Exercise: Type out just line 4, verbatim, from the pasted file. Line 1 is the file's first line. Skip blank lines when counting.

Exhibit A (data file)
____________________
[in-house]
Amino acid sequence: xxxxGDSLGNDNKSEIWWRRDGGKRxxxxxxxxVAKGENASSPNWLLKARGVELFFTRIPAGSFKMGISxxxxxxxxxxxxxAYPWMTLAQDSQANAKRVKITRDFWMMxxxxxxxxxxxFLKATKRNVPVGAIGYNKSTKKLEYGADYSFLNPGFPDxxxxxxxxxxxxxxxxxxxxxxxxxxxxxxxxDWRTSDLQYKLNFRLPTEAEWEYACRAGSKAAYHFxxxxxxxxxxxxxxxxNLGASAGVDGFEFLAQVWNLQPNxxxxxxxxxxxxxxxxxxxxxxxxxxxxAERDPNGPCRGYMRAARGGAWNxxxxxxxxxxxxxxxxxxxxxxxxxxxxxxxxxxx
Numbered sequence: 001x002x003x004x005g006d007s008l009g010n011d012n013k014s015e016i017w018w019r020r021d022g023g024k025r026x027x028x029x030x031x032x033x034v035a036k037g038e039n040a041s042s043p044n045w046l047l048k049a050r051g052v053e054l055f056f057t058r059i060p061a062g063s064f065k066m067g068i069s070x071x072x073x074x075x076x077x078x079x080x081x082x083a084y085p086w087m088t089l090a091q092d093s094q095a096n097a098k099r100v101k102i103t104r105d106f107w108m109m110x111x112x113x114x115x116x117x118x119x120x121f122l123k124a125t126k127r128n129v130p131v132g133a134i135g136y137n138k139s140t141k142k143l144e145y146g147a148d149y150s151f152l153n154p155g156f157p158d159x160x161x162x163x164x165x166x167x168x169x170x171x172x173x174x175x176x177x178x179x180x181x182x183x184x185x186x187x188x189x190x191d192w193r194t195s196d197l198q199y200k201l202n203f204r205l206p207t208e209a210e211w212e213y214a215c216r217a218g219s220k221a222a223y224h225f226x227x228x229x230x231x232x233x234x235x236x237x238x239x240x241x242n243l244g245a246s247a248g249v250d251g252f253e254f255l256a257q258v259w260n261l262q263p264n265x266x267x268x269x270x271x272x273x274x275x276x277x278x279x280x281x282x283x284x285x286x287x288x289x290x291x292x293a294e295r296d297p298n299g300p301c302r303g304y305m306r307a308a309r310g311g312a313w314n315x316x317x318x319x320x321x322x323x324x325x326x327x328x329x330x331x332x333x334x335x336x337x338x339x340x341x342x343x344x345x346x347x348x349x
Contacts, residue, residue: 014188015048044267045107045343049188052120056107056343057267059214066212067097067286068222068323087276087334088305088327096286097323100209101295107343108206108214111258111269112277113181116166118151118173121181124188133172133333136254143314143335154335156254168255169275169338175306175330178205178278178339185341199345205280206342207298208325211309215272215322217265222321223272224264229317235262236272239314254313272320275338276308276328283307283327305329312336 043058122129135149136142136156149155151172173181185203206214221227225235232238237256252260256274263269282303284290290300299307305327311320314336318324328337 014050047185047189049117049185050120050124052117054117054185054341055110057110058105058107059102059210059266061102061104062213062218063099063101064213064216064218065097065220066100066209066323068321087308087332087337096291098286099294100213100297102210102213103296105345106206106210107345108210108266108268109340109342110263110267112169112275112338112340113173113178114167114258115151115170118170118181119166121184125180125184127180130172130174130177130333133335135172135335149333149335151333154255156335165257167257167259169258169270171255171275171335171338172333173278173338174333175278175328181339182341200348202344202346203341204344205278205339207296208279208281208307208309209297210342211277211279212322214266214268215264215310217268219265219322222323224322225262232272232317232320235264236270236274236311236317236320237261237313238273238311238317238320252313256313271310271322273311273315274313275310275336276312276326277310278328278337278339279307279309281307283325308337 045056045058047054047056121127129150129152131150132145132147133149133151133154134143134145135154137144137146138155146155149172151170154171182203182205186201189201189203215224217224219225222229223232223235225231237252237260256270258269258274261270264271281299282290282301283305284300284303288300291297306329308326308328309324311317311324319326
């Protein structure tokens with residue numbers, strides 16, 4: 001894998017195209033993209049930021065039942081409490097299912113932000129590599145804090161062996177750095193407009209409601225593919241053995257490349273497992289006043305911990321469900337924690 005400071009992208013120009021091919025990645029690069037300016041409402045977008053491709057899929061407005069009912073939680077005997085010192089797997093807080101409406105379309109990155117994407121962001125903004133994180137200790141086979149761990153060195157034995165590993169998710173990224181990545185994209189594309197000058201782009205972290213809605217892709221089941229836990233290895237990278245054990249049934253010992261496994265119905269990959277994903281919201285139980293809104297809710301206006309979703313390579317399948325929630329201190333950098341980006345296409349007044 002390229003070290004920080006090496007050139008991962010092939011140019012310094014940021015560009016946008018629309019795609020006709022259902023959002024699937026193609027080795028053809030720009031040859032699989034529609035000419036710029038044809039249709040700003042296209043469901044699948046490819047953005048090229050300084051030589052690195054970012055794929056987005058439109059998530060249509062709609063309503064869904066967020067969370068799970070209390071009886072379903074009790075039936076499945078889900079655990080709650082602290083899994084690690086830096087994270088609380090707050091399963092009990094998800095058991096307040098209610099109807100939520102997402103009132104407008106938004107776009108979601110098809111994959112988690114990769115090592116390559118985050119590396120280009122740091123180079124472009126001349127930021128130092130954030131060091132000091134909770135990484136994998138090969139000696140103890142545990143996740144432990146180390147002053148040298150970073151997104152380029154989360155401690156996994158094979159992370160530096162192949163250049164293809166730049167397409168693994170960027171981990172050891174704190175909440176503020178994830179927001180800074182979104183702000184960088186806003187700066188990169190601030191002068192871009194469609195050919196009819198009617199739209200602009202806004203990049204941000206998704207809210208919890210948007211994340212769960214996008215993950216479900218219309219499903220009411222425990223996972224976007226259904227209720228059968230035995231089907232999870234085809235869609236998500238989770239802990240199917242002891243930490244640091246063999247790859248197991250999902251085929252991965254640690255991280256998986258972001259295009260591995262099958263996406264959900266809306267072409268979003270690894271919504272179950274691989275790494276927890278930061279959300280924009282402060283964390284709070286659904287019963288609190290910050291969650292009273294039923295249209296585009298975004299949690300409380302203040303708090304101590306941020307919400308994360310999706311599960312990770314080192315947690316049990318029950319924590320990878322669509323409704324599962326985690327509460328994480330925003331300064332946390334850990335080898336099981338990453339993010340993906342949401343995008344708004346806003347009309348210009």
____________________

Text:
Contacts, residue, residue: 014188015048044267045107045343049188052120056107056343057267059214066212067097067286068222068323087276087334088305088327096286097323100209101295107343108206108214111258111269112277113181116166118151118173121181124188133172133333136254143314143335154335156254168255169275169338175306175330178205178278178339185341199345205280206342207298208325211309215272215322217265222321223272224264229317235262236272239314254313272320275338276308276328283307283327305329312336 043058122129135149136142136156149155151172173181185203206214221227225235232238237256252260256274263269282303284290290300299307305327311320314336318324328337 014050047185047189049117049185050120050124052117054117054185054341055110057110058105058107059102059210059266061102061104062213062218063099063101064213064216064218065097065220066100066209066323068321087308087332087337096291098286099294100213100297102210102213103296105345106206106210107345108210108266108268109340109342110263110267112169112275112338112340113173113178114167114258115151115170118170118181119166121184125180125184127180130172130174130177130333133335135172135335149333149335151333154255156335165257167257167259169258169270171255171275171335171338172333173278173338174333175278175328181339182341200348202344202346203341204344205278205339207296208279208281208307208309209297210342211277211279212322214266214268215264215310217268219265219322222323224322225262232272232317232320235264236270236274236311236317236320237261237313238273238311238317238320252313256313271310271322273311273315274313275310275336276312276326277310278328278337278339279307279309281307283325308337 045056045058047054047056121127129150129152131150132145132147133149133151133154134143134145135154137144137146138155146155149172151170154171182203182205186201189201189203215224217224219225222229223232223235225231237252237260256270258269258274261270264271281299282290282301283305284300284303288300291297306329308326308328309324311317311324319326